I’ll be tweeting news updates while I’m at the Ojai JC tournament. Tweets will post in the right column of my blog page.
Fresno City College was the site for our conference tournament, held on April 4th and 5th. Success in the tournament meant qualifying for the community college state tournament in Ojai April 25th-28th. Getting to Ojai has been my goal for this season.
I was seeded number 1 in the tournament since I was undefeated in conference play. As it turned out, we had a rain delay on Thursday morning, so the coaches decided to abbreviate the tournament. Events were rescheduled so that doubles played Thursday afternoon and singles played Friday with only enough rounds played for qualifying. Lenora and I qualified in doubles and I qualified in singles. Also, on our team Kham and Desiray won the doubles back draw, so they qualified for Ojai, too. (Draws and results will be posted here for Ojai.)
The Tuesday after the tournament, April 9th, our team traveled to Chabot in Hayward to play the first round of the playoffs. Chabot was very good and we lost all of our matches and were out of playoffs. Next year I expect we’ll be a stronger team, between the returning players and new recruits, and hope we can get further in playoffs.
Now that conference play is over, the April 18th Northern California Junior College rankings list me as number 6. I’m quite pleased with that result, and pleasantly surprised to have had such a good season. In doubles Lenora and I are ranked 10.
I, also, was featured in an article for FCC’s Rampage newspaper titled, “FSU Professor Plays For FCC.”
This weekend I played the Larry Huebner Memorial NTRP USTA tournament at Fig as a warm-up tournament. I had a successful weekend, winning the 4.0 ladies singles and doubles. Now its on to two day’s of practice and then we leave for Ojai on Wednesday.
On Tuesday, March 26th, we traveled to Modesto to play the first of our two rained out matches.
Lenora and I won a close number 1 doubles, 7-5. Jenna and Morgan, at number 2, and Stacia and Deseray, at number 3, also won. That’s our first sweep of doubles.
Singles was closer with us winning my match at number 1 (6-1, 6-2), Jenna’s match at number 2 (6-0, 0-1 retire), and Lenora’s match.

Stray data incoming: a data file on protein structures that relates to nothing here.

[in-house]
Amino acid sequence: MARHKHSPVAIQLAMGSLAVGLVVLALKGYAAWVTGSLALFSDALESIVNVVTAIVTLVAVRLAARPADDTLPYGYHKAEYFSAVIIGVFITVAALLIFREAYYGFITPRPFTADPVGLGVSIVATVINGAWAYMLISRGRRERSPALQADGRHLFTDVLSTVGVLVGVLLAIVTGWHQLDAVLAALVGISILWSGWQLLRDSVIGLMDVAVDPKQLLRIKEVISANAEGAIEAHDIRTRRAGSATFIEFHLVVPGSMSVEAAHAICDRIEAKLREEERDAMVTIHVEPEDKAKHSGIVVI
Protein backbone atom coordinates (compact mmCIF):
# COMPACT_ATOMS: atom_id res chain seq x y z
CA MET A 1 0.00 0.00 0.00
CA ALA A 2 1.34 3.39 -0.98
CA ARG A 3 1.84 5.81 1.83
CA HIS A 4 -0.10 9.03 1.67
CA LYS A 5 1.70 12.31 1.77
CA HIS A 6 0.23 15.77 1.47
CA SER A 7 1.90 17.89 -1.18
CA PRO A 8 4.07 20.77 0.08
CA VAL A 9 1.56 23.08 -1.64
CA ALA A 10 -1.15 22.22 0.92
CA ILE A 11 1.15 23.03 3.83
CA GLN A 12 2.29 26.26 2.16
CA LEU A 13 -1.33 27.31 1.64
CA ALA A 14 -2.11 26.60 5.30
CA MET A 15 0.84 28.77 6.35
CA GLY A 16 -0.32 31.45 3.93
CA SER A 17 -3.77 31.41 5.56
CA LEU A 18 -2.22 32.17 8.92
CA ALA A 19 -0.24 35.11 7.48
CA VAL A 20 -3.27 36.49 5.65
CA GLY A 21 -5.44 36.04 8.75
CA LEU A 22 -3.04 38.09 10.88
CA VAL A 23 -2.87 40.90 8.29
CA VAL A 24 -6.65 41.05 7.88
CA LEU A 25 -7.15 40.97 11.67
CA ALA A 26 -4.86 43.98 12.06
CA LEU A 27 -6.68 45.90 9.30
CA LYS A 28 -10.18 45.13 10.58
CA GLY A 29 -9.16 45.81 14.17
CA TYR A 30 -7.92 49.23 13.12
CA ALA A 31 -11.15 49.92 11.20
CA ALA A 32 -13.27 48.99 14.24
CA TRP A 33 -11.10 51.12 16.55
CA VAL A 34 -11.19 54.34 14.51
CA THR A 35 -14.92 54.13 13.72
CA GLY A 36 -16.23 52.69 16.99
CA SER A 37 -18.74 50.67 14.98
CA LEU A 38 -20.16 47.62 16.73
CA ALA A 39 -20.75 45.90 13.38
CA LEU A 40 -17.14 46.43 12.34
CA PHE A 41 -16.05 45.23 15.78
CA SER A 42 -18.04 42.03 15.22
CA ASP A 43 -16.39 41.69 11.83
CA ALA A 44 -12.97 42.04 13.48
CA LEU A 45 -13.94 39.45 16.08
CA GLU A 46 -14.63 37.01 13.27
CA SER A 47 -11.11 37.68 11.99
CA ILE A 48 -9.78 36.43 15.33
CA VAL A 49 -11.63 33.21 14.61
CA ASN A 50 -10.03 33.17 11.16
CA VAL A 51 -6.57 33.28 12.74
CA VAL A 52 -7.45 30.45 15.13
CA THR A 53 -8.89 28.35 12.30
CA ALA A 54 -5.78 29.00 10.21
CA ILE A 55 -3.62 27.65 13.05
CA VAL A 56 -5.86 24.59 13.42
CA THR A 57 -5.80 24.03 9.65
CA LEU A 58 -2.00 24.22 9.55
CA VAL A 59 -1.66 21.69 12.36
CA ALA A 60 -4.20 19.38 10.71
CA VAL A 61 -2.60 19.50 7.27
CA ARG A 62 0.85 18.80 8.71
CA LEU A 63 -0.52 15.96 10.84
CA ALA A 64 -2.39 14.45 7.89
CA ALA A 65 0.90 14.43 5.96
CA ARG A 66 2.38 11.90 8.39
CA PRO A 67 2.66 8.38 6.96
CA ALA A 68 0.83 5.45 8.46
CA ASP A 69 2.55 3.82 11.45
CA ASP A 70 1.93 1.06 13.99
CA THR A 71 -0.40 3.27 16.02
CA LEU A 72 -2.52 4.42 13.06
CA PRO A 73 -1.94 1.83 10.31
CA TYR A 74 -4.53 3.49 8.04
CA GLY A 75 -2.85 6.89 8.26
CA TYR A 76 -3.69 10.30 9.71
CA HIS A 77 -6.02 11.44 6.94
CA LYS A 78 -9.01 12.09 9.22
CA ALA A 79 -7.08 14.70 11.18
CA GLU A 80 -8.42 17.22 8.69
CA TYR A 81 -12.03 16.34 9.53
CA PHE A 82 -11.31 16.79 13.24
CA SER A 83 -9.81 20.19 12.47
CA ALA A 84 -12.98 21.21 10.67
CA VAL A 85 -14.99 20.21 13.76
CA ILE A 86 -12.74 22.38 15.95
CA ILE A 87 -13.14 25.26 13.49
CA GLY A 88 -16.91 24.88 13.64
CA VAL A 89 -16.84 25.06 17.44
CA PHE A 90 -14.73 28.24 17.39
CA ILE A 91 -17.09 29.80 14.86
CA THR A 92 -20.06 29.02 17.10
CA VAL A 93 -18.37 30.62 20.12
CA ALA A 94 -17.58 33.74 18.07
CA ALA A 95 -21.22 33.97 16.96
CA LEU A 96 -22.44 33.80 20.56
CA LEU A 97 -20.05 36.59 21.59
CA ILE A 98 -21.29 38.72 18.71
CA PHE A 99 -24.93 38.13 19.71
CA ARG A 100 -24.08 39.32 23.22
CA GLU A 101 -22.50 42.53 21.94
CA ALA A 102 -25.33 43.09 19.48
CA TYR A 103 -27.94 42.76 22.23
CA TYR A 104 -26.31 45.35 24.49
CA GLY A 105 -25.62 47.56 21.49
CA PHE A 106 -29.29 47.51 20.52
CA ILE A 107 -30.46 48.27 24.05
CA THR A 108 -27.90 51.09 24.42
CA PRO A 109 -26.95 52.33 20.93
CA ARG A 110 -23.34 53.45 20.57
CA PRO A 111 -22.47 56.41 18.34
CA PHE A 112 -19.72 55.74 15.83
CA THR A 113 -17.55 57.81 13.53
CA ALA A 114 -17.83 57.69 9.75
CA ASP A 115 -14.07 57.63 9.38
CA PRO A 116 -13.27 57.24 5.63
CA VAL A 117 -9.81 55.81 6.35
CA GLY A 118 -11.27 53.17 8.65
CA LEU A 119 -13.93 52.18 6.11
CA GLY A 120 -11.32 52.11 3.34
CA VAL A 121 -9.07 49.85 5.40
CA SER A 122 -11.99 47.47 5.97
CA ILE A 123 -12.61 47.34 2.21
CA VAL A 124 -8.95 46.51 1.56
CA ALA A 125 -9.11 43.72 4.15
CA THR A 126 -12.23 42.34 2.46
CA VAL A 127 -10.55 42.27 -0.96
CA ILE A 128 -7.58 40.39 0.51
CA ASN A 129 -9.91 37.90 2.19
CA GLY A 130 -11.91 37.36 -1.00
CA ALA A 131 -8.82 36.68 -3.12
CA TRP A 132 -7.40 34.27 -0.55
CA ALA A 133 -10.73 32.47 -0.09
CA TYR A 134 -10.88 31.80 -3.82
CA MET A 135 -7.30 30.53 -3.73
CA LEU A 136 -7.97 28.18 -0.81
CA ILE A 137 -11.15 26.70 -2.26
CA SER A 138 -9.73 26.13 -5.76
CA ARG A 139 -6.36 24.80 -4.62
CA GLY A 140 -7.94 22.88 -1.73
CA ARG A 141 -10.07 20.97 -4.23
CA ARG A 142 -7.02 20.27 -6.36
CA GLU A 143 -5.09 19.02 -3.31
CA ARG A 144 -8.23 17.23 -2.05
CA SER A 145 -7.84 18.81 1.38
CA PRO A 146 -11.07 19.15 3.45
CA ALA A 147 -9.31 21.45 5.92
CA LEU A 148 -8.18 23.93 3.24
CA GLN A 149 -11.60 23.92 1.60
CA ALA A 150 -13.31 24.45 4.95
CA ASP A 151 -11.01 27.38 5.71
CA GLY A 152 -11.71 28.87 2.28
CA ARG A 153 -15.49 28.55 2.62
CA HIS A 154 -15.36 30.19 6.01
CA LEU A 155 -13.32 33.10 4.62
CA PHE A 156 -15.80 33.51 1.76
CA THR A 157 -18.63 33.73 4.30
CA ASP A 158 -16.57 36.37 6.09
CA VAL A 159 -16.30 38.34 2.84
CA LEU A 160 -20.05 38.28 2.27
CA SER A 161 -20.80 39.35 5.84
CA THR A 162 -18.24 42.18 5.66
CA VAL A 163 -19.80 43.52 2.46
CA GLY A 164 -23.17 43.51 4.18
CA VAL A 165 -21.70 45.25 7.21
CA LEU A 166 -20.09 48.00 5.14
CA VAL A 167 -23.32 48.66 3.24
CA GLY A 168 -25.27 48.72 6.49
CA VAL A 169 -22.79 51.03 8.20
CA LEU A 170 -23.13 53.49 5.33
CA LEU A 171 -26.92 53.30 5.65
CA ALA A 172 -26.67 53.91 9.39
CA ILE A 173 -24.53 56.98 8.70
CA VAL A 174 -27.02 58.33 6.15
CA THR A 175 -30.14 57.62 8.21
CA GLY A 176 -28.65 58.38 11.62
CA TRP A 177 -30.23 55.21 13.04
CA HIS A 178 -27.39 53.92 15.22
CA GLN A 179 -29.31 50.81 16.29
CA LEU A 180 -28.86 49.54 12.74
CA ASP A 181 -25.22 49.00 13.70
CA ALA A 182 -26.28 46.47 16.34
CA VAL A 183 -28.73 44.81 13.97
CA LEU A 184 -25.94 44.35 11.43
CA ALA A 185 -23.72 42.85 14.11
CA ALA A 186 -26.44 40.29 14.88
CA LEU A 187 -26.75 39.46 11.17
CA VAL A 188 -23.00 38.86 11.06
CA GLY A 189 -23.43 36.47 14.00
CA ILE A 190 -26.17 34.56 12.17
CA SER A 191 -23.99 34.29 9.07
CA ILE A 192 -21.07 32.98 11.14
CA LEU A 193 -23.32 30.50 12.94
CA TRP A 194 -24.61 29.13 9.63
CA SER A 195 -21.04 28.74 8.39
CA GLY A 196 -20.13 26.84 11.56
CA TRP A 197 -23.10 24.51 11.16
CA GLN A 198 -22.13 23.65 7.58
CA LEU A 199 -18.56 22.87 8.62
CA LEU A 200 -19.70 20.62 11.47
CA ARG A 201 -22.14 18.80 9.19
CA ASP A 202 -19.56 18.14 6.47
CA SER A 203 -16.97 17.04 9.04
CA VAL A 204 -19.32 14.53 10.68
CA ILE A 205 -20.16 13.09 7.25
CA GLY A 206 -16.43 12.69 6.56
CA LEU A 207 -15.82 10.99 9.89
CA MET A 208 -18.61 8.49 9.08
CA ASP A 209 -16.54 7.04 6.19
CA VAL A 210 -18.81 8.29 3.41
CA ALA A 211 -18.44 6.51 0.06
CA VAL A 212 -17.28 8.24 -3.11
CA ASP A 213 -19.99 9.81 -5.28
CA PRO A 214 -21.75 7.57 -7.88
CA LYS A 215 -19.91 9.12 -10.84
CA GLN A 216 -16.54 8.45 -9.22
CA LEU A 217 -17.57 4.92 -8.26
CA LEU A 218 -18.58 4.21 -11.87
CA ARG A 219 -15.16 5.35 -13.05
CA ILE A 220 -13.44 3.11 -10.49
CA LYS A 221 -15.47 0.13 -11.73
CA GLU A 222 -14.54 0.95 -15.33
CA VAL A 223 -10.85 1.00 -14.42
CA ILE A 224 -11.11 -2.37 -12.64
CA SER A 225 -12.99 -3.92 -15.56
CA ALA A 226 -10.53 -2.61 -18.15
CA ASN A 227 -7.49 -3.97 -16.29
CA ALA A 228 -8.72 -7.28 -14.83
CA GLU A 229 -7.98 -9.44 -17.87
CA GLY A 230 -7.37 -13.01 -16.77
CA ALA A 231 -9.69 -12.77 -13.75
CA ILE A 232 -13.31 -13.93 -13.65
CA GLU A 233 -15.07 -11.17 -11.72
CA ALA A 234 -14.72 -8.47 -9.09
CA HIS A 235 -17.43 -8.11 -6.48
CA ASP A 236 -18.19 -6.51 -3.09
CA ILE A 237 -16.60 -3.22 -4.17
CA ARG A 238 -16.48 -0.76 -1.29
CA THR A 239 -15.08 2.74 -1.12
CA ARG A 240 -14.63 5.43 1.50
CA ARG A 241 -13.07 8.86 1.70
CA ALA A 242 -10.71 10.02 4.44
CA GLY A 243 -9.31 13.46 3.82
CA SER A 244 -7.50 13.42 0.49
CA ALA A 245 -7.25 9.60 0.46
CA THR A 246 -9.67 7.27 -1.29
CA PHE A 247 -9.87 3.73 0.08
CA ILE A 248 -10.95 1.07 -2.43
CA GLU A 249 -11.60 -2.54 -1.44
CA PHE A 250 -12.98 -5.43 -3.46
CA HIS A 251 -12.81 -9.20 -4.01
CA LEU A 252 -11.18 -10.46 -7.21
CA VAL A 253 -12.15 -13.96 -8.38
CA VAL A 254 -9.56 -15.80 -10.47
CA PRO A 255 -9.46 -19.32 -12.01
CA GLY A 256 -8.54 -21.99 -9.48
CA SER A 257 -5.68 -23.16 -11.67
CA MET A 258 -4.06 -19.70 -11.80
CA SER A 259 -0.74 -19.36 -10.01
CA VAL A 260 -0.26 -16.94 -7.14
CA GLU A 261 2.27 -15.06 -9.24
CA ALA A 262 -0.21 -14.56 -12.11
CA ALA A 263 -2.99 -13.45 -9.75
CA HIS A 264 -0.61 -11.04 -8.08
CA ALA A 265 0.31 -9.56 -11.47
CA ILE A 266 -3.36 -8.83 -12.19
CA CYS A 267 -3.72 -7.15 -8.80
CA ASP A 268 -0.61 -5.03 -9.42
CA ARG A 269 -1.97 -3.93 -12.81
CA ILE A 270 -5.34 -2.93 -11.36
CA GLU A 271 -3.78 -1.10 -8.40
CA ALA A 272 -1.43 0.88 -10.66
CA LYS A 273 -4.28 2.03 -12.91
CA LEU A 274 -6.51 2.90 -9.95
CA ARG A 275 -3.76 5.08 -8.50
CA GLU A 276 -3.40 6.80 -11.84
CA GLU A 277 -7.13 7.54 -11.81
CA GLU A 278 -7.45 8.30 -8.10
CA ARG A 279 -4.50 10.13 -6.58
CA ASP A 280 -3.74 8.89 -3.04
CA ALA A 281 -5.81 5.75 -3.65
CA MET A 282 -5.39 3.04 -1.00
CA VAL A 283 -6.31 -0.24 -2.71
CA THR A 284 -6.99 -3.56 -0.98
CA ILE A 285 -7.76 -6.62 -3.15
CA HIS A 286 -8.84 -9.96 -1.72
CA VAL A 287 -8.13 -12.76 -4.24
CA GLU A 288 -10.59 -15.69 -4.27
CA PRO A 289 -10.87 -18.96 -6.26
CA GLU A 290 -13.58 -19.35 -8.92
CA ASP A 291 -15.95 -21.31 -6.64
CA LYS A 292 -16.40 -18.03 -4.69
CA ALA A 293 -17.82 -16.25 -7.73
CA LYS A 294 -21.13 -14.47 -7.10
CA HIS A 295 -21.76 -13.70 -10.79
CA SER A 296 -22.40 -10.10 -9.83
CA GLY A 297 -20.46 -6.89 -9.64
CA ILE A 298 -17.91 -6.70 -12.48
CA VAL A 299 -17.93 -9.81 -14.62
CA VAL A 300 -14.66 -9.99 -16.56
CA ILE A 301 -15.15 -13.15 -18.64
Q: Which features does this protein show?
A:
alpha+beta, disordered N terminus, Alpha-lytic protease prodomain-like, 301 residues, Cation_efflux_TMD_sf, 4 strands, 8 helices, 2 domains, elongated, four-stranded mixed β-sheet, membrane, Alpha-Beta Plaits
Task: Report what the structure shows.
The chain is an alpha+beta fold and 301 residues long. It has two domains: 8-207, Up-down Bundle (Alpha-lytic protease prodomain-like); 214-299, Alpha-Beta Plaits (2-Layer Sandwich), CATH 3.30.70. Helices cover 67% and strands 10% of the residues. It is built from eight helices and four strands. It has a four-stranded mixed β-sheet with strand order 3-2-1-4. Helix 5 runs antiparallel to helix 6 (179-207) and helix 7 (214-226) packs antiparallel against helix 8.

This win put us in third place in the conference. Next Tuesday we host Modesto, for our last match, and the decider as to who finishing in third and get’s a playoff berth.
My singles match was against a gal who liked to block back my shots with short slice shots. Fairly quickly I adjusted and was waiting for short balls. She also had trouble with my slice:) At the end I let up a bit, letting her break me and win her serve, but then I refocused and closed the match out. After it was over, I received my first ageist comment when she said, “I’ve never played anyone as old as you.” I didn’t know how to respond. I can’t deny the truth of her statement, though she better get used to it if she’s going to play after college. Another player asked me how long I’ve been playing, which others have asked. While that question has some relationship to age, too, it doesn’t seem an unreasonable question. Certainly I have the advantage of playing a lifetime total of nearly 17 years (nearing a contiguous 10 years since I came back to tennis) which is only a couple years less than the age of some of these gals!
I’ve finagled things so I can play, at least the singles, when Modesto comes to FCC on Tuesday. I don’t want to miss the match and be the reason we lose and miss the cut off for the playoffs.
Highlights from the match in Modesto.
The season is flying by quickly. Yesterday was our last regularly scheduled home match, against Reedley. What’s left is the away and home matches for Modesto since both were rained out when scheduled. We travel to Modesto Tuesday for the first match and the home match has yet to be scheduled.
The team has beaten Consumnes River and Sacramento, but lost to Reedley and COS. Depending on what happens with Modesto we will end the season in third or fourth place.
My season is going quite well. I’m undefeated so far at number 1 singles. I’ve won against COS, Consumnes River and two matches against Reedley.
Yesterday’s 6-3, 6-0 win over Reedley’s number one was an especially nice win given I was sick with the flu and hadn’t played tennis for 3 days. Going in to the match, after a sloppy doubles loss at number 2, my goal was just to start the match, see what happened, and retire if need be. Amazingly, I started strong, almost breaking my opponent in the first game and then winning 4 games in a row. She broke me in the 6th game and then followed by holding her serve. I then took charge again and won the next 2 games for the first set and the following 6 for the match.
Despite the lack of practice and having to blow my nose on every change over, I played a very clean game. My unforced error rate was very low and my backhand was consistently deep. While I didn’t venture toward the net as much as I usually do against Jen, my back court coverage was solid. I had a feeling when I won the first game of the second set that this could be a love set and with hard work it was.